I Hate Spending Money On Sunglasses

Every time we need a new pair of sunglasses, it annoys me.  Instantly. It seems that someone is needing a pair all the time.

We generally buy pretty cheap sunglasses.  So, you can tell me that we get what we pay for, and I’m not going to argue, but it’s still dreadfully annoying when you are faced with:

  • A screw falling out of them for no apparent reason meaning that something is likely ready to fall off.
  • The pads that cover the thingies that rest on the bridge of your nose start falling to pieces, leaving exposed metal.  Which hurts.
  • The top of the glasses just randomly develops a crack, meaning that of the lenses is able to pop loose.

These are all things that have happened to sunglasses owned by either me or my wife, just this summer alone!

One answer is to buy more expensive sunglasses.

Sorry, not going to happen.

Not when we’ve also encountered these situations:

  • A one-year old girl who loves sunglasses and will find any that are sitting out and will do what one-year olds do to things that they play with, leaving them bent or broken.
  • Get dropped and scratched.  I always drop sunglasses on the cement at least once a year.  This doesn’t seem like a lot, but it does usually result in the lenses getting scratched (since sunglasses always work on their own version of the ‘buttered side of toast landing face down’ theory) to where it would really annoy me if I had a $100+ pair.
  • Ditto for sitting on them accidentally.
  • Spending lots of time in sandy campgrounds and beaches simply doesn’t lend itself to being able to keep sunglasses in tip-top shape.
  • Or dropping them in a lake.  True story.  A couple of years ago my wife and I were swimming at a nearby lake.  Somehow, my glasses fell off and ended up on the bottom of the lake.  I called her over and we started searching for them.  Miraculously, she hit it with her foot.  She went under to grab them, and was successful in doing so, only to have hers fall off in the process.  We couldn’t find hers.  I’m not making this story up, I swear.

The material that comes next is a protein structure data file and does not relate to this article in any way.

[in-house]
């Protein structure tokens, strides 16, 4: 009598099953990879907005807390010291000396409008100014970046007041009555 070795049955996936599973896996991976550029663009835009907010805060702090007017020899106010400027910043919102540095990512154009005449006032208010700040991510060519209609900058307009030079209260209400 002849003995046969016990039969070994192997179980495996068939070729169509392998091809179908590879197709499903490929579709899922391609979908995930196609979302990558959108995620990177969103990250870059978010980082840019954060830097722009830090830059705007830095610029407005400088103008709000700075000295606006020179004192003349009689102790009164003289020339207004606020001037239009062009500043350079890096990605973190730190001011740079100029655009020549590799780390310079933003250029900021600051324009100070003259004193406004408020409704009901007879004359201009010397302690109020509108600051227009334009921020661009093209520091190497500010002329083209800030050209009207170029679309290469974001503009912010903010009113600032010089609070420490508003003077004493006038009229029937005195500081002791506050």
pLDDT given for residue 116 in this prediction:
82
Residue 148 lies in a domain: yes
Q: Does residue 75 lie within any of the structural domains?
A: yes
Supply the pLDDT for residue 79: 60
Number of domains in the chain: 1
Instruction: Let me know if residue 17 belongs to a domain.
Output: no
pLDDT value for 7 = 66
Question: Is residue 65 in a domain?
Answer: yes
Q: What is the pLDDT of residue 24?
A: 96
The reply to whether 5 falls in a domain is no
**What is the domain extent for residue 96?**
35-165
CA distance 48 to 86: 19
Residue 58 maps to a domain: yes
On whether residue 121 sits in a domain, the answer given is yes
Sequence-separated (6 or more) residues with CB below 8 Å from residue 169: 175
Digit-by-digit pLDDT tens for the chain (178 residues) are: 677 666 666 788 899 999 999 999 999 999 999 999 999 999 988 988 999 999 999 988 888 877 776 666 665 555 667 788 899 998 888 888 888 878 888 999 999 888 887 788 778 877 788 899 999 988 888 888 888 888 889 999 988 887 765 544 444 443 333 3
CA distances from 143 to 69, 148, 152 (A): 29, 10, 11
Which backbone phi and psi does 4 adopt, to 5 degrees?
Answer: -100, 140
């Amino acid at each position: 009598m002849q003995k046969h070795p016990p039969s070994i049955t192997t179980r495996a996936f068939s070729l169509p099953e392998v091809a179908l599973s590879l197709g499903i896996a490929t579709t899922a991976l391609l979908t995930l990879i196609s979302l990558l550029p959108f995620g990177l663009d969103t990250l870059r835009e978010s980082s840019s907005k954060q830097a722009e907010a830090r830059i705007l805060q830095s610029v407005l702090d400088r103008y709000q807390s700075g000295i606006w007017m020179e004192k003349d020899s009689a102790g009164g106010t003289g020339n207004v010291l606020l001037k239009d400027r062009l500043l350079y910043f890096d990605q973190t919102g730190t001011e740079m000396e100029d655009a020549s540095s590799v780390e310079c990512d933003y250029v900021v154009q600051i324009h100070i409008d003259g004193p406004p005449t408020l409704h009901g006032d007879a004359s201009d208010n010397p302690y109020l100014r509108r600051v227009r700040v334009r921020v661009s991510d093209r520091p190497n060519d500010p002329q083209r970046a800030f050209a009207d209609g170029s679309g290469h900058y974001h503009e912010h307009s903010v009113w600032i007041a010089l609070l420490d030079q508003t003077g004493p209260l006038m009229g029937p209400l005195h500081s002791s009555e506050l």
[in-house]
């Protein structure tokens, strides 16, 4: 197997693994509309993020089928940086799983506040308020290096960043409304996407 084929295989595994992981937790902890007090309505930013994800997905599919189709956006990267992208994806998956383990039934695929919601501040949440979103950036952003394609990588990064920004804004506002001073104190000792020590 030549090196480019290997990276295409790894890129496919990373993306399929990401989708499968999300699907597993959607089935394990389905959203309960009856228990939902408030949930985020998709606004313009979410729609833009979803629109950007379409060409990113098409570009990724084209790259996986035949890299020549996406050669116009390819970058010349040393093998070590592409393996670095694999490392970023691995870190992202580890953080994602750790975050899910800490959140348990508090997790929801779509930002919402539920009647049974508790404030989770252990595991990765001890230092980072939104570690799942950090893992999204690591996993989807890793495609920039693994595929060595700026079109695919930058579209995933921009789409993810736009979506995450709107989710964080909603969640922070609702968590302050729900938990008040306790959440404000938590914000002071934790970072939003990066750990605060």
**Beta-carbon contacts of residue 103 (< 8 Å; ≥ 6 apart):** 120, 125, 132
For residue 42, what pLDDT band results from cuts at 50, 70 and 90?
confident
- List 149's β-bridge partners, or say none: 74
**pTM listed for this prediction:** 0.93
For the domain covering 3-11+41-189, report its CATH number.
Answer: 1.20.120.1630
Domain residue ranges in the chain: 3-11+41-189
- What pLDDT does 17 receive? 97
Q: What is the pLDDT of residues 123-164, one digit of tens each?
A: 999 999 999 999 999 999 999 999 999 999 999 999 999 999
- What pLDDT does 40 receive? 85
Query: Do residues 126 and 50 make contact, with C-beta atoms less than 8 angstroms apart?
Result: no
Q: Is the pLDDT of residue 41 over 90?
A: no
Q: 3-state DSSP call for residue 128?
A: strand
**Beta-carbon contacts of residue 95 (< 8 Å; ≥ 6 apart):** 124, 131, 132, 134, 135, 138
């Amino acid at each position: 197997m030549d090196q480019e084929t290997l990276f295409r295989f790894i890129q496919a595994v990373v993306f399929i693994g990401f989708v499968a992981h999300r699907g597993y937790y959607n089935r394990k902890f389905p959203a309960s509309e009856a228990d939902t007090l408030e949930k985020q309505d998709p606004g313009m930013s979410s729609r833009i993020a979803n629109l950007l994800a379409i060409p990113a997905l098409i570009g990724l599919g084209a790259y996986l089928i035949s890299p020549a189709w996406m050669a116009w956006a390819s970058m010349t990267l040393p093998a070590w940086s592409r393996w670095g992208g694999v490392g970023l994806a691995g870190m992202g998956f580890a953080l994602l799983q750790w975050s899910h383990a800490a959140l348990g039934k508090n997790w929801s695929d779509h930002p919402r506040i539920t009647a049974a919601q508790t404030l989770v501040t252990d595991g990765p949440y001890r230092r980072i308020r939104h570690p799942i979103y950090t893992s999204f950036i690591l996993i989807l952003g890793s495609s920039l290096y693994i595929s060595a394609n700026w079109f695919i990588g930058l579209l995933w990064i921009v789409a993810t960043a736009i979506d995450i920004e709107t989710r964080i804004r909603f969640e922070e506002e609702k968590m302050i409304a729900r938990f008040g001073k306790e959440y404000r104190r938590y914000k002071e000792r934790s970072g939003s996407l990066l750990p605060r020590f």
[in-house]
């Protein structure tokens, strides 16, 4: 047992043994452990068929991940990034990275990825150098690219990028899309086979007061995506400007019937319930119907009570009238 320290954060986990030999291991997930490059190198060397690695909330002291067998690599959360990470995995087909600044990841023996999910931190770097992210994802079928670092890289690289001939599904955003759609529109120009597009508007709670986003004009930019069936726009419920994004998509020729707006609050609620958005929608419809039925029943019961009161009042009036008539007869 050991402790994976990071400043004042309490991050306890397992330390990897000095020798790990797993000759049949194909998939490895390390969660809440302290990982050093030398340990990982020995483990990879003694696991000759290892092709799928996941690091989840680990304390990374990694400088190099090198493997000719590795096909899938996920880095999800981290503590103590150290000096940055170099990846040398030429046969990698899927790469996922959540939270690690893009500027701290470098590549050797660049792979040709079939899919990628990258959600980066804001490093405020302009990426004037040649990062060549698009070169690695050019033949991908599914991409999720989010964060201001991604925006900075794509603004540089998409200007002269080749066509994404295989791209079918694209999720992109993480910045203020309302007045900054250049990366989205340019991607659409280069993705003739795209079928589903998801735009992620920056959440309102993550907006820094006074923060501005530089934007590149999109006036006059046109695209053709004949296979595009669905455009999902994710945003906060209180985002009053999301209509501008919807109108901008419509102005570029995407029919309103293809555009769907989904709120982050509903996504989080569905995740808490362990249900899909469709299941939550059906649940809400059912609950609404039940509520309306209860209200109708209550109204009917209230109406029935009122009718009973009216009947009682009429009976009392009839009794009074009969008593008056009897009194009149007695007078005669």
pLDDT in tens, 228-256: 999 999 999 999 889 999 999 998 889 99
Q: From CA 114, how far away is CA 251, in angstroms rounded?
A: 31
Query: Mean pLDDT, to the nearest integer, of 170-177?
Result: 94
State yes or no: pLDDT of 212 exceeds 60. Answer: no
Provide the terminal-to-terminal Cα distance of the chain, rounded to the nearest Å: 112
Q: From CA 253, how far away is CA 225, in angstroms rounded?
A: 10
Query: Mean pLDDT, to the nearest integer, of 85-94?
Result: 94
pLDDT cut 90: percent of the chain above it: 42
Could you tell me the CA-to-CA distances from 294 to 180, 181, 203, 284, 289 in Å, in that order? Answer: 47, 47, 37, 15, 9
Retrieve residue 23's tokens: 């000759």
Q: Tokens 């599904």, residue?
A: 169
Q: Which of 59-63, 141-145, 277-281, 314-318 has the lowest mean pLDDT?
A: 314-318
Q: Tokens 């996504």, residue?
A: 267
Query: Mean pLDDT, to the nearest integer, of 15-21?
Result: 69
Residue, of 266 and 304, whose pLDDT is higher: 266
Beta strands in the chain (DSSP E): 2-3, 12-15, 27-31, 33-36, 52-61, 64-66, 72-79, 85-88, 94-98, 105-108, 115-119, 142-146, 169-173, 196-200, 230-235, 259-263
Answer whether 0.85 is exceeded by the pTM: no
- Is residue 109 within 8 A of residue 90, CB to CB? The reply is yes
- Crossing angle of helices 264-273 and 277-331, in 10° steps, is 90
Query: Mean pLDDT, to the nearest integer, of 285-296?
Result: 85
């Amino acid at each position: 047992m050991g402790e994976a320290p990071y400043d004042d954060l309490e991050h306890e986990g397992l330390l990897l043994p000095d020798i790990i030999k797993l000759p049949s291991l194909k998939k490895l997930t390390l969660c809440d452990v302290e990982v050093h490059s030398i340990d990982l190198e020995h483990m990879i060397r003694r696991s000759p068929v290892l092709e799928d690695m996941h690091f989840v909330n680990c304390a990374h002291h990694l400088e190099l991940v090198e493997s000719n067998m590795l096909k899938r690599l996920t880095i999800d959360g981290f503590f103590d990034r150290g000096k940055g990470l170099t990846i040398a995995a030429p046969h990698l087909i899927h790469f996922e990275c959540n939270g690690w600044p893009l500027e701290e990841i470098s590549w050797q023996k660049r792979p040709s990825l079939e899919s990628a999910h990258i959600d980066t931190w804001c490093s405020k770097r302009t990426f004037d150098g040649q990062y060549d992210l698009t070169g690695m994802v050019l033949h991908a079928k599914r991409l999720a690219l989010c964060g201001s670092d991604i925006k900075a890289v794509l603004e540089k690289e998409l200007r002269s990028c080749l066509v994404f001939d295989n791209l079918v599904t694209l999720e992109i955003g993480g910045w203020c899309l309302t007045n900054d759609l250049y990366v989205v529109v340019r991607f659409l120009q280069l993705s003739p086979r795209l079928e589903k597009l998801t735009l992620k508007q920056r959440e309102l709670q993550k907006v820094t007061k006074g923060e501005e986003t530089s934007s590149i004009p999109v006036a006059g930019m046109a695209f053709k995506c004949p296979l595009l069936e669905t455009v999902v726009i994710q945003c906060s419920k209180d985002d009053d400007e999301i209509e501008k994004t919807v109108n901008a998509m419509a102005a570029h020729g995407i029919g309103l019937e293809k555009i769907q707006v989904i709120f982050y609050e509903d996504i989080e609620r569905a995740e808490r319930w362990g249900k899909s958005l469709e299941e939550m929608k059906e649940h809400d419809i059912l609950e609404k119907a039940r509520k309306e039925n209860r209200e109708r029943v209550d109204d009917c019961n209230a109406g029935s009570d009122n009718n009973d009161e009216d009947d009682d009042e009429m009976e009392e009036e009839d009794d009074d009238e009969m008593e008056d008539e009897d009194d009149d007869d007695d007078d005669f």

• I once dropped them in the street where they stayed for an entire day without getting scratched.

I’m smart enough to realize that spending more than $20 on sunglasses is foolish.  I’m also wise enough to realize that we do get our use out of them.  But, I wish I could buy the darn things in bulk or something, because every time we plop down that money, it’s almost as if we should start planning on exactly when we’ll need to buy the next pair.

Guaranteed, it won’t be long!

What kind of sunglasses do you own?  How often do you replace yours?

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Camping Misadventures 2012 Part 2

The first installment of Camping Misadventures saw me deal with a whole host of items which are probably new to someone dealing with a camper for the first time:  Hooking Up, Backing In, and selecting the proper campsite were the first orders of business.

As I suspected, there would be others.

And so we start the second installment of 2012 Camping Misadventures.


This one actually goes back to our first trip, but an experience which had slipped my mind.  For our first trip, we visited a campground that was only an hour or so away, so that I could get used to driving it and wouldn’t be far away if any issues happened.  This was a good idea, and it also allowed that our families could come visit, and that worked out really good since we went on Father’s Day weekend.  This let us celebrate together as well as let everybody see the new campers in action.

Our parents visited for the day and left after dinner and s’mores.  My sister-in-law and her boyfriend spent the night, setting up their own tent on a corner of the campsite.

After the kids went to bed, the four of us sat by the fire for awhile, but it wasn’t long before Mrs. Beagle and I (tired out from setting up plus camping with the kids) were ready for bed.  Sister-in-law and boyfriend wanted to stay out for awhile.